Policemen are seen checking the motorcyclists at different checkpoint during a government-imposed nationwide lockdown in Pakistan. Credit: AFP

The first news of coronavirus made its way into the Pakistani media in the last week of January 2020, when four Pakistani students, studying in Wuhan, posted a video. The video, filmed by the students, showed a city in lock-down with the students begging to be evacuated.

The video was shared on social media but views were largely limited to other students in the besieged city desperately asking to the government to bring them home. This news remained on the fringe of the usual political stories in news bulletins. Wuhan was considered far away and coronavirus was not big news at the time.

By March, infected Pakistanis began pouring into the country, returning from pilgrimages to Saudi Arabia and Iran. It was only then that reporters began covering the health crisis.

At that time, several journalists contacted me asking how they should ensure their safety as their media organizations were not providing them personal protective equipment (PPE).

My advice was simple. I told them they must ask for PPE since their health and lives are the priority. I also suggested they should source their own masks and use hand sanitizer.  Given the contagious nature of coronavirus, I advised them that they also had the option of refusing to cover stories if they were not given masks.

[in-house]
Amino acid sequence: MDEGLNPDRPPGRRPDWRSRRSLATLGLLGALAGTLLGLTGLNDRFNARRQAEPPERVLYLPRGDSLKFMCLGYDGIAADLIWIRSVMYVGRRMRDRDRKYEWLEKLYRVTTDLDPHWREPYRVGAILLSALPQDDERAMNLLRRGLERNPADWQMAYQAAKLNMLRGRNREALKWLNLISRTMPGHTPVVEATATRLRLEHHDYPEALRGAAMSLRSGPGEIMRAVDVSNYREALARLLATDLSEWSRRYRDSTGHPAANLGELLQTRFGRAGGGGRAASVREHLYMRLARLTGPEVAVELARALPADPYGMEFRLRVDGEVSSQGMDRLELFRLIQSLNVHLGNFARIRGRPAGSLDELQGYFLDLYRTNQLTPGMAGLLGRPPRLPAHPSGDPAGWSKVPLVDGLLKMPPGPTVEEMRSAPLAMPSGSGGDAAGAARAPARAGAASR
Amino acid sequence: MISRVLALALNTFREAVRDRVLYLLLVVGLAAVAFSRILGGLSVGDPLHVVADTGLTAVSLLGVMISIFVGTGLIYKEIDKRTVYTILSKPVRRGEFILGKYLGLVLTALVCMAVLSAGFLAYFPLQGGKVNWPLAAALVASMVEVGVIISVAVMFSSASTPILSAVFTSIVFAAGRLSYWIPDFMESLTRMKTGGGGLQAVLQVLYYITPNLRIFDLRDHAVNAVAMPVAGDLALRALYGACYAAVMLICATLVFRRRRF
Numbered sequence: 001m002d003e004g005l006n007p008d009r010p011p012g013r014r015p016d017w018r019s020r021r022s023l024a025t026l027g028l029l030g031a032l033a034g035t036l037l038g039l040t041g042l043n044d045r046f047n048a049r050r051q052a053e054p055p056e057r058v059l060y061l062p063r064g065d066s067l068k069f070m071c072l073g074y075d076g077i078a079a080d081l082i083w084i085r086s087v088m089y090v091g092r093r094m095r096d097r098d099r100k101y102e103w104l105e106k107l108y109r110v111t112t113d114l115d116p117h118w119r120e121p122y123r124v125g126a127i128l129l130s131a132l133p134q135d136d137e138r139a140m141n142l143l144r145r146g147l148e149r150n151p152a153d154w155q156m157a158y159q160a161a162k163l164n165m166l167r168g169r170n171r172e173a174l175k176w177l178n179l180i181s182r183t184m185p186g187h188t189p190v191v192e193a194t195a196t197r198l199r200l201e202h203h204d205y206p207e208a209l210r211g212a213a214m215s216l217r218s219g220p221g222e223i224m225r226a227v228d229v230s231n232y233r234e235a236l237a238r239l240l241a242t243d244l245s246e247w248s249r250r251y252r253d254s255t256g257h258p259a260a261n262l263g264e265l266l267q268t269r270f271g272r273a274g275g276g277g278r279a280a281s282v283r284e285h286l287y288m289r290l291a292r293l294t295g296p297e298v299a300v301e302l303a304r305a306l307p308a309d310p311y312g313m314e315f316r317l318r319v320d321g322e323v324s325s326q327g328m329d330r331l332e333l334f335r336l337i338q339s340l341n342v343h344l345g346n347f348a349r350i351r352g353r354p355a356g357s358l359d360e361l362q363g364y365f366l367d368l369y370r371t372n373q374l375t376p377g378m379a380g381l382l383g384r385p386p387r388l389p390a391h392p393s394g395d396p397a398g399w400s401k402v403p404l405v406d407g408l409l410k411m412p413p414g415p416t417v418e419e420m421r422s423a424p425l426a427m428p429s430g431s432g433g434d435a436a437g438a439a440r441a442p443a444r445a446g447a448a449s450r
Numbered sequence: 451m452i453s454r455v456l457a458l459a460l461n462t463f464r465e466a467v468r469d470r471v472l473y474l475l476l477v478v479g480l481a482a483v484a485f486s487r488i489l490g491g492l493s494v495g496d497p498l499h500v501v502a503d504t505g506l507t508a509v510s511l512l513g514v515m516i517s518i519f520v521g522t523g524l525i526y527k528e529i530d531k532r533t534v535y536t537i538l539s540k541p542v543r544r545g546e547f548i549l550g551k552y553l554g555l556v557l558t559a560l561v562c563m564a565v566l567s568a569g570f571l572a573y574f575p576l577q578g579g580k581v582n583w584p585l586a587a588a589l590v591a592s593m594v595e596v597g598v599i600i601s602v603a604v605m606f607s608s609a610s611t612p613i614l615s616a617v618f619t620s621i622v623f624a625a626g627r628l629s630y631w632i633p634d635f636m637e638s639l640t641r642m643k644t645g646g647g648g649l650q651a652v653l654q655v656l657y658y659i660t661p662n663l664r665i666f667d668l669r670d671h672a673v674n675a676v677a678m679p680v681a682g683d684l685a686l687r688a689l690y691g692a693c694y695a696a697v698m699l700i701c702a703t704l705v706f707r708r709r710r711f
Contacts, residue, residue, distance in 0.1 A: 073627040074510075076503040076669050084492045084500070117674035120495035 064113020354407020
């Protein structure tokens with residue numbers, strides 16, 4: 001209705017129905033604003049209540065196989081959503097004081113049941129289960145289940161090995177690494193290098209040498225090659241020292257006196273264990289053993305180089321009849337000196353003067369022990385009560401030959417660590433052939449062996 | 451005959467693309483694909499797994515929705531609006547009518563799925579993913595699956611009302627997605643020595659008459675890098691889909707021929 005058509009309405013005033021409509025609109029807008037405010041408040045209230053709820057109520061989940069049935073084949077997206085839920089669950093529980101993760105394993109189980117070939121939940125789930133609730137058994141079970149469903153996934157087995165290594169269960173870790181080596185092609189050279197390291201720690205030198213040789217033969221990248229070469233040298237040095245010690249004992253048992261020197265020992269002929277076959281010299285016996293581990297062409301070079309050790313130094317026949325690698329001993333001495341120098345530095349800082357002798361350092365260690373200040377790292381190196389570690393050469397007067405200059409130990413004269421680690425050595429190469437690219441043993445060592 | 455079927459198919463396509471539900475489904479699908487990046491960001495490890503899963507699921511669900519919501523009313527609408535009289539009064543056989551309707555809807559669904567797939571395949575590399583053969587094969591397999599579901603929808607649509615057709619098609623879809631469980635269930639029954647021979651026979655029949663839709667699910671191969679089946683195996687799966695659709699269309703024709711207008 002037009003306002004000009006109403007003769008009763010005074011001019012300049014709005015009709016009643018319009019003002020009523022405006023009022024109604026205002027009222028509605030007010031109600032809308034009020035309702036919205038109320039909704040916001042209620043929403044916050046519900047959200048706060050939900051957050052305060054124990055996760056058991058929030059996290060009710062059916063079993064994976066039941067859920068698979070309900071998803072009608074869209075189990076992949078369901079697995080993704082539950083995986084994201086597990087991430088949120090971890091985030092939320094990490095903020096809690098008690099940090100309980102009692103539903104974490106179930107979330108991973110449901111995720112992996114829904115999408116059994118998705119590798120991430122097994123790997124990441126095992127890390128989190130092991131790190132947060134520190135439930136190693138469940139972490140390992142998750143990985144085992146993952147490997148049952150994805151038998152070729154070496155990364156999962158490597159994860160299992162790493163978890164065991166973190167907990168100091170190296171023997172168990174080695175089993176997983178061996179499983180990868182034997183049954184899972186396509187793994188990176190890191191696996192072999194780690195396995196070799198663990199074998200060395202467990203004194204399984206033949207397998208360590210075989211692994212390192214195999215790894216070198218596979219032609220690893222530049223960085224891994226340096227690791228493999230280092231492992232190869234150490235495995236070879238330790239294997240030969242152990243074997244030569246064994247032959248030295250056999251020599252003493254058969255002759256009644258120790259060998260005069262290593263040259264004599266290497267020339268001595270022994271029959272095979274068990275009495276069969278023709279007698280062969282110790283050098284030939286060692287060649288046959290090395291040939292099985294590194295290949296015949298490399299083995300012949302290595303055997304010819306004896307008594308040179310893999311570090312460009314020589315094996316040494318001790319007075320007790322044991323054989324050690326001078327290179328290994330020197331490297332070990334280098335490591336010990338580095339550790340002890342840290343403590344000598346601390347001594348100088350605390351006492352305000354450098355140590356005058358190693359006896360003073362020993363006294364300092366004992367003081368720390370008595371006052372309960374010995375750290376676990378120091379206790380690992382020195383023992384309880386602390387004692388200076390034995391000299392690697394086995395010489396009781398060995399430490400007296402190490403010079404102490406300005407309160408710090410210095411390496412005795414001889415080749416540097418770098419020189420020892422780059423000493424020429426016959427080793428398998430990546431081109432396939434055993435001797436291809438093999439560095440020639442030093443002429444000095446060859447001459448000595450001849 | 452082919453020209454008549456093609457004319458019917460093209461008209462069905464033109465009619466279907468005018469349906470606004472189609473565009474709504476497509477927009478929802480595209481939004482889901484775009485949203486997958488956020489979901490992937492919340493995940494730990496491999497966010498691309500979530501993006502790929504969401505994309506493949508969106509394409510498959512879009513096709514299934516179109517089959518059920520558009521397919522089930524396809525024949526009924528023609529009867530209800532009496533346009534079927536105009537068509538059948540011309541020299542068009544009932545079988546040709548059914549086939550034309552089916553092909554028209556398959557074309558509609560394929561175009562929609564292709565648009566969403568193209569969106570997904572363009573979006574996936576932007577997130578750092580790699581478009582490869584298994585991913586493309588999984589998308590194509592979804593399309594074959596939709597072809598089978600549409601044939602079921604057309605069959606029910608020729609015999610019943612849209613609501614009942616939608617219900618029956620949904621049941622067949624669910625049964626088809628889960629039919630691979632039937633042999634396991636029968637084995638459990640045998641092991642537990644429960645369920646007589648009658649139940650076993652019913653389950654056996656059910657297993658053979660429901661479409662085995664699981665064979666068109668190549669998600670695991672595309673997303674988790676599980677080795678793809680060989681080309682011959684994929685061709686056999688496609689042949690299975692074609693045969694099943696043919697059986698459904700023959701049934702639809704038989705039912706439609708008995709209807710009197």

But given the chaotic state of the media in Pakistan, many of the reporters continued to report, regardless of whether or not they had PPE.

For the first two weeks of March, most reporters were in the field without protective gear. Media organizations had not yet provided them equipment or provided any kind of guidelines on how to report during the pandemic.

It was only when the Pakistan Federal Union of Journalists (PFUJ) and the Karachi Union of Journalists (KUJ) intervened did hand sanitizers begin appearing at building entrances to media offices and in some newsrooms. But that was the extent of early ‘precautions’ taken by the media organizations.

By mid-March it was evident things were not improving. Then several media organizations, realizing the severity of the crisis, provided reporters with masks. There were also media organizations that decided to send the majority of staff home to work remotely. News anchors, talk show hosts and newsroom teams are the only ones working from the office.

There are reports of three media workers in the northern province of Punjab who have tested positive. It is likely that there are more cases but media organizations and the authorities have not conducted tests to ascertain the actual numbers of cases media workers infected.

Apart from the IFJ, several other organizations like the Coalition for Women in Journalism (CFWIJ) have shared guideline and Association of Electronic Media Editors and News Directors (AEMEND) have issued guidelines and safety protocols for the media.

The initial chaos and lack of PPE for journalists reveals the lack of training and understanding of covering such a pandemic in Pakistan. It is clear that, with a lack of safety guidelines and protocols to protect journalists and media workers, the media in Pakistan were disturbingly unprepared to cover this deadly outbreak.

Lubna Naqvi is a journalist with Geo News Network and Joint Secretary of Karachi Union of Journalists (KUJ).

Source: IFJ

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